Fay Weldon has experienced the afterlife twice during near-death experiences while under general anaesthetic, she has claimed.

The 81-year-old author has converted to Christianity after 70 years living as an atheist.

In an interview in June's issue of The Oldie magazine, Weldon said life after death seemed much like normal life.

Speaking about her near-death experiences, both of which took place while in hospital following heart problems, Weldon said: "In one I saw the proverbial light at the end of the tunnel, and there was certainly an extraordinary sense of warmth, communality and progress.

"The other time I saw pearly gates in garish Hindu-temple colours. They were double glazed and when they were pushed back I got a rather convincing glimpse of the other side ... It was just more of the same - hard work, two steps forward, one step back."

Speaking about the aging process, Weldon said our society "behaves as if we're going to stay young and live forever".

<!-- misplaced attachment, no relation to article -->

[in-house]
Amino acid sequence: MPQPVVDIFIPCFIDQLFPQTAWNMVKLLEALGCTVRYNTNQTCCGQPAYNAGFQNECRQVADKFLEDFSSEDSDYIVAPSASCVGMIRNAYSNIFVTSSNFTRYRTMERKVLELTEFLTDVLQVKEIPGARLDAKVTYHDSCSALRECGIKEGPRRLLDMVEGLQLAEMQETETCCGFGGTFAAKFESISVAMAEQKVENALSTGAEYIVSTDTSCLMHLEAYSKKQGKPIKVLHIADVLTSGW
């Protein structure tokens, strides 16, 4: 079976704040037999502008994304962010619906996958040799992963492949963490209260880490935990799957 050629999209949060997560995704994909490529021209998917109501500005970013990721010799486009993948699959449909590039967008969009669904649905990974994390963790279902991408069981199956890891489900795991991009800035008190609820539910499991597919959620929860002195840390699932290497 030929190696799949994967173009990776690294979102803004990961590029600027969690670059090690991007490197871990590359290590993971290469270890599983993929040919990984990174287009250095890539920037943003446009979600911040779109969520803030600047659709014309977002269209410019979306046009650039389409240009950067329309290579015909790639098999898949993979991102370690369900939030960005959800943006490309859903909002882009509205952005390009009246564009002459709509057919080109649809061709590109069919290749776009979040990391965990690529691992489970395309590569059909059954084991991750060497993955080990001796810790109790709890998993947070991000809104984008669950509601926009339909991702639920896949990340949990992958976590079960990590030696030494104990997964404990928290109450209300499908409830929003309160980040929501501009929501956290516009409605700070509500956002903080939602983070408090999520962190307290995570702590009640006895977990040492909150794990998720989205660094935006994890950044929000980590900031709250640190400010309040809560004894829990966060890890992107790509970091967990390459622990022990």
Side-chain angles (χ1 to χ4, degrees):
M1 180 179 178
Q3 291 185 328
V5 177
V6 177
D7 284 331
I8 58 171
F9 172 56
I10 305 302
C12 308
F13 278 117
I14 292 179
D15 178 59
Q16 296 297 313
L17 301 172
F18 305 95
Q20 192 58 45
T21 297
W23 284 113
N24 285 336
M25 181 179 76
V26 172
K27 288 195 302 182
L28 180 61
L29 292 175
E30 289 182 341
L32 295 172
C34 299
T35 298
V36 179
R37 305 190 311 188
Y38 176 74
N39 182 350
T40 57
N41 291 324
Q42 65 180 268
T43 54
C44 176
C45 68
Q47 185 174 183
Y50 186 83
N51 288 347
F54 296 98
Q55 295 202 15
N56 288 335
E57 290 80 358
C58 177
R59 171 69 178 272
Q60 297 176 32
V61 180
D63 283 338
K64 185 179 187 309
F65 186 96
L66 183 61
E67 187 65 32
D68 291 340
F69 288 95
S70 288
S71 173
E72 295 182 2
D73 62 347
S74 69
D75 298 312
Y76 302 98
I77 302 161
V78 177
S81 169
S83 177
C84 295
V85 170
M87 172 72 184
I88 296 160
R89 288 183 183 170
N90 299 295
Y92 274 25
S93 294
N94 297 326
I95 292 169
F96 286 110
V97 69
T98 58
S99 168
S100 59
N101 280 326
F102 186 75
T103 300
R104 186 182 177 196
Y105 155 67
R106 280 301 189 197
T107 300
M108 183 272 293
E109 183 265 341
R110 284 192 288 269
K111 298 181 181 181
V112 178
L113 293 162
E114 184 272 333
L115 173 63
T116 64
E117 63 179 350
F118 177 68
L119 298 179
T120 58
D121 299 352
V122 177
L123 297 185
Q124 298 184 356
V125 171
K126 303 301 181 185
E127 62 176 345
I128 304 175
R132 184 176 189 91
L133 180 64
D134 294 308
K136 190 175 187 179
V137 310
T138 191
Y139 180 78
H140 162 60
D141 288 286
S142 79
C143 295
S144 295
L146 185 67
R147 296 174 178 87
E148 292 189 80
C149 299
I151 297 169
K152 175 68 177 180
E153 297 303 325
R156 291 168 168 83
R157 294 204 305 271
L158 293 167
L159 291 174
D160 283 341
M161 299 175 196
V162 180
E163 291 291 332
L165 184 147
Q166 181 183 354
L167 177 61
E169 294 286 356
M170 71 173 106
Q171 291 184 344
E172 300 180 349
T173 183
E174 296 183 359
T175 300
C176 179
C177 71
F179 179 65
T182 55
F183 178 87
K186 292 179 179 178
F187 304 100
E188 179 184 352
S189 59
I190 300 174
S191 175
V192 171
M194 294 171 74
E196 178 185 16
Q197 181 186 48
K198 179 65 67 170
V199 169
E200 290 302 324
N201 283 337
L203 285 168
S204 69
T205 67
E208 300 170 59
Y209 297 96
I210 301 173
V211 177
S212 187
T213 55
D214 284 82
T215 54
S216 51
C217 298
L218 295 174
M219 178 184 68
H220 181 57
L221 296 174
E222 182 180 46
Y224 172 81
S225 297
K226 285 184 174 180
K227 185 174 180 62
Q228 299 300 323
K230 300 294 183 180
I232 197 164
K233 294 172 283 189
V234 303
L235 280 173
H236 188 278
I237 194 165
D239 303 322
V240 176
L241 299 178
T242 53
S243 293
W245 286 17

She said: "We ignore the fact that we are temporary. I'm long past my three score years and ten, which I reckon is probably all one can adequately deal with."

However, Weldon, who now lives with her third husband in Dorset, said there are certain advantages to getting older, such as being able to speak at length at parties: "Once upon a time you'd go away thinking, 'Oh my God, did I make any sense?'

"Nowadays you know it doesn't make sense, but it doesn't matter. I don't feel any different but the world looks at you differently."

Fay Weldon
Weldon in 1992 (Reuters)

Weldon also noted that people are too worried about feeling insecure: "I don't think I was ever uncomfortable. I'm always baffled by people trying to find their 'true self' - there isn't one.

"We're a bundle of opinions and experiences which add up to a person recognisable to others, and that's all you can hope for."

Asked if she has become wiser with age, Weldon said: "Yes, if only because you know what's going to happen next in as much as something like it has happened before. Some people think it makes you cynical, but you're not."

The author also explained that she thinks more about death now that she is older: "Yes! Roll on. I don't fear it but I know what it is to fear it - my mother did. I was with her when she died aged 94.

"She was too brave to say anything but we knew from her expression that she was frightened of the unknown."

In terms of how Britain has changed during her lifetime, the author said there is no longer a feeling of "hope and change" with people "working together to survive".

Instead, she gave a more negative outlook of the country